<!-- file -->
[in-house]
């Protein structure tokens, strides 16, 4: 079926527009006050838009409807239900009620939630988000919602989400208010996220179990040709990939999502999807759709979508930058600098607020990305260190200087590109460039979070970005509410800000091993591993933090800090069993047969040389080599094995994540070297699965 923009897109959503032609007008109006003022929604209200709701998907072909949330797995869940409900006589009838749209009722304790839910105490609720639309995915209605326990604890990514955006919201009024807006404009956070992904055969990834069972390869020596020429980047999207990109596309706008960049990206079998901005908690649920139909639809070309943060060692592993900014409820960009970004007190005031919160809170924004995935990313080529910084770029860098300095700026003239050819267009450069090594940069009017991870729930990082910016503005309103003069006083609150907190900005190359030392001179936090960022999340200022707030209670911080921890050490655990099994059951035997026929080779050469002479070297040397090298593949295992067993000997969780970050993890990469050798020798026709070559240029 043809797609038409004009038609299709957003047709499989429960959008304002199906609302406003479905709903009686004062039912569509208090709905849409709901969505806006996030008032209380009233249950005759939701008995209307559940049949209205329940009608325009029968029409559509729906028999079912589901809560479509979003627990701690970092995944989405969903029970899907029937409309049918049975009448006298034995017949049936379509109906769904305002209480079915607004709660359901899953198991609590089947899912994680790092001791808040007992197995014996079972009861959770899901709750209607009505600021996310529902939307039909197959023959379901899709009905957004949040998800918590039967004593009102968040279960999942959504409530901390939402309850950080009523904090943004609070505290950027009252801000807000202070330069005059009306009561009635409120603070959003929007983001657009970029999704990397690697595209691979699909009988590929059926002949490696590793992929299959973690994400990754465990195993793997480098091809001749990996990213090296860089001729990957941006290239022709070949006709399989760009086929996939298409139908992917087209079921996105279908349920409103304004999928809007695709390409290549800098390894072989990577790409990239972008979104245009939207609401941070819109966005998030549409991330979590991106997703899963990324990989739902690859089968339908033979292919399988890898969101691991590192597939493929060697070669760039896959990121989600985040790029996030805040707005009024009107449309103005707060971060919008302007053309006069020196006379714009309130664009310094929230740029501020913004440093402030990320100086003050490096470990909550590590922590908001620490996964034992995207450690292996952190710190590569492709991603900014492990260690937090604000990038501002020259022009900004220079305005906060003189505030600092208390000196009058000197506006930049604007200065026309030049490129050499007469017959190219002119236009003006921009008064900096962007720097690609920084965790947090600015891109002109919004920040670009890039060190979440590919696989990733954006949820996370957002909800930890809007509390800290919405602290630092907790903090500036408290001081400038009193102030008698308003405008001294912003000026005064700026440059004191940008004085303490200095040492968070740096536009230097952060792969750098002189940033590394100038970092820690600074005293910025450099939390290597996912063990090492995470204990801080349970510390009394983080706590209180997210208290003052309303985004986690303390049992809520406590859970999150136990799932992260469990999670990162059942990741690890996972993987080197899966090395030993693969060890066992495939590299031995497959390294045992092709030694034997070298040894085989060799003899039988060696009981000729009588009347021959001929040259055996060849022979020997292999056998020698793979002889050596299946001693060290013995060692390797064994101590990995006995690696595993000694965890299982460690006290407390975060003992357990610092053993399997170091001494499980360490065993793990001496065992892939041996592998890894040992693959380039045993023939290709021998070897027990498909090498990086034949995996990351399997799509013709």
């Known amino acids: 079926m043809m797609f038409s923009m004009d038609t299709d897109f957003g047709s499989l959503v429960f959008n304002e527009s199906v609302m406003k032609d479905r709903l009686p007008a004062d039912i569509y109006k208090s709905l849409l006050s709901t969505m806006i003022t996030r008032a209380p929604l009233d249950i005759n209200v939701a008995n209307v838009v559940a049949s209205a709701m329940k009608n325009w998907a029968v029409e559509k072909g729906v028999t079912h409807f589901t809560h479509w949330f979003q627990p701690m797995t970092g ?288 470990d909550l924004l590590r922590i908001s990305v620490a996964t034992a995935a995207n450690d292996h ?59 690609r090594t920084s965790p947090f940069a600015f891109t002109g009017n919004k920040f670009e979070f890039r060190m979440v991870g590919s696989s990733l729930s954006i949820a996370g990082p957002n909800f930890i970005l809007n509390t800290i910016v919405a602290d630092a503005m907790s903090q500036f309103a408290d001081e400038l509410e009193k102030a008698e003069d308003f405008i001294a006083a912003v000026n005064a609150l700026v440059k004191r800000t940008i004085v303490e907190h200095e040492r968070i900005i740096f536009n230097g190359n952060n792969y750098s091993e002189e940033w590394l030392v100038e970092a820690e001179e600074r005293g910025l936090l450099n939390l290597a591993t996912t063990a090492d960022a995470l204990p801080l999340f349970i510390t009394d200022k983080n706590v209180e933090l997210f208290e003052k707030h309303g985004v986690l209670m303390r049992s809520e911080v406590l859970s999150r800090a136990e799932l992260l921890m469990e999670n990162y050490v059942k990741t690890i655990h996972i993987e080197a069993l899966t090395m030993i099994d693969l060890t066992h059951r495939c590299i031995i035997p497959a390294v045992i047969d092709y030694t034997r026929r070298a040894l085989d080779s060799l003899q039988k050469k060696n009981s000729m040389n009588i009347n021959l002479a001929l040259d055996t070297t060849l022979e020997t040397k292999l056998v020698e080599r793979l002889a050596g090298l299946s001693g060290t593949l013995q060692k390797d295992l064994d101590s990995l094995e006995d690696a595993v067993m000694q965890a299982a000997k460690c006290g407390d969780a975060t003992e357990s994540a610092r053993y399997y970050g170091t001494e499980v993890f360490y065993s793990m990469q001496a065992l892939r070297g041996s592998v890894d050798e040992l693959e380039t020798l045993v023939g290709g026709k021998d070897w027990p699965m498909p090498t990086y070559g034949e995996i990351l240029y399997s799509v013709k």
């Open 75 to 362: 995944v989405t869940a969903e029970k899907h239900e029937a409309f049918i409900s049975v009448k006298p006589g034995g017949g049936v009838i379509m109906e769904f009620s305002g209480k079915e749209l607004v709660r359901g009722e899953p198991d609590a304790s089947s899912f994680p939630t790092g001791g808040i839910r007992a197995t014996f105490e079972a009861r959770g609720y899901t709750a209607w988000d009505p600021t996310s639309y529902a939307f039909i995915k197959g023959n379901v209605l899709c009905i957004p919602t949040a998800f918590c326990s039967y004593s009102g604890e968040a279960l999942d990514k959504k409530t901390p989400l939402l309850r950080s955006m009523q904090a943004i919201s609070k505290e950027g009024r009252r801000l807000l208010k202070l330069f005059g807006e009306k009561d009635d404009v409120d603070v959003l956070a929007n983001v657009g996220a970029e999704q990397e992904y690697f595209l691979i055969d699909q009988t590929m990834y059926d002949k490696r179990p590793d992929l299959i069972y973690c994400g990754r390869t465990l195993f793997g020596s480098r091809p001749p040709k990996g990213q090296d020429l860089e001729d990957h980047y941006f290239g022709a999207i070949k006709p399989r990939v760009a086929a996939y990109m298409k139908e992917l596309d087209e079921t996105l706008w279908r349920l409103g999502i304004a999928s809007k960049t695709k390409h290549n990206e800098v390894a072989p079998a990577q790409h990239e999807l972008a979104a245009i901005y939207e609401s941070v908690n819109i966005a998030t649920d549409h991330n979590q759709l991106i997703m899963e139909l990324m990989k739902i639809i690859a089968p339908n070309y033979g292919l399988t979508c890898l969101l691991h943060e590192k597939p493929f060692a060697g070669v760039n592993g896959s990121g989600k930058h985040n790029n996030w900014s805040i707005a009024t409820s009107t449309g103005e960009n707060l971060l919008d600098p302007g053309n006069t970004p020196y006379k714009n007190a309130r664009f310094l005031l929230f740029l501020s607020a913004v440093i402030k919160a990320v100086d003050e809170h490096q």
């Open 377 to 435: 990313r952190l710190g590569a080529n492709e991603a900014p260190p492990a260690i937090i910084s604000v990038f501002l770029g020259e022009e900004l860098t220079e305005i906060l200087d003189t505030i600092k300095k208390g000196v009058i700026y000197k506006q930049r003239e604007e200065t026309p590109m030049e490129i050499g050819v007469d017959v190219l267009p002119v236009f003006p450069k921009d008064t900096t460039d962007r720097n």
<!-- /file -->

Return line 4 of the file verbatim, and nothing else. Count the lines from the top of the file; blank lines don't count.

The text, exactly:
């Open 75 to 362: 995944v989405t869940a969903e029970k899907h239900e029937a409309f049918i409900s049975v009448k006298p006589g034995g017949g049936v009838i379509m109906e769904f009620s305002g209480k079915e749209l607004v709660r359901g009722e899953p198991d609590a304790s089947s899912f994680p939630t790092g001791g808040i839910r007992a197995t014996f105490e079972a009861r959770g609720y899901t709750a209607w988000d009505p600021t996310s639309y529902a939307f039909i995915k197959g023959n379901v209605l899709c009905i957004p919602t949040a998800f918590c326990s039967y004593s009102g604890e968040a279960l999942d990514k959504k409530t901390p989400l939402l309850r950080s955006m009523q904090a943004i919201s609070k505290e950027g009024r009252r801000l807000l208010k202070l330069f005059g807006e009306k009561d009635d404009v409120d603070v959003l956070a929007n983001v657009g996220a970029e999704q990397e992904y690697f595209l691979i055969d699909q009988t590929m990834y059926d002949k490696r179990p590793d992929l299959i069972y973690c994400g990754r390869t465990l195993f793997g020596s480098r091809p001749p040709k990996g990213q090296d020429l860089e001729d990957h980047y941006f290239g022709a999207i070949k006709p399989r990939v760009a086929a996939y990109m298409k139908e992917l596309d087209e079921t996105l706008w279908r349920l409103g999502i304004a999928s809007k960049t695709k390409h290549n990206e800098v390894a072989p079998a990577q790409h990239e999807l972008a979104a245009i901005y939207e609401s941070v908690n819109i966005a998030t649920d549409h991330n979590q759709l991106i997703m899963e139909l990324m990989k739902i639809i690859a089968p339908n070309y033979g292919l399988t979508c890898l969101l691991h943060e590192k597939p493929f060692a060697g070669v760039n592993g896959s990121g989600k930058h985040n790029n996030w900014s805040i707005a009024t409820s009107t449309g103005e960009n707060l971060l919008d600098p302007g053309n006069t970004p020196y006379k714009n007190a309130r664009f310094l005031l929230f740029l501020s607020a913004v440093i402030k919160a990320v100086d003050e809170h490096q």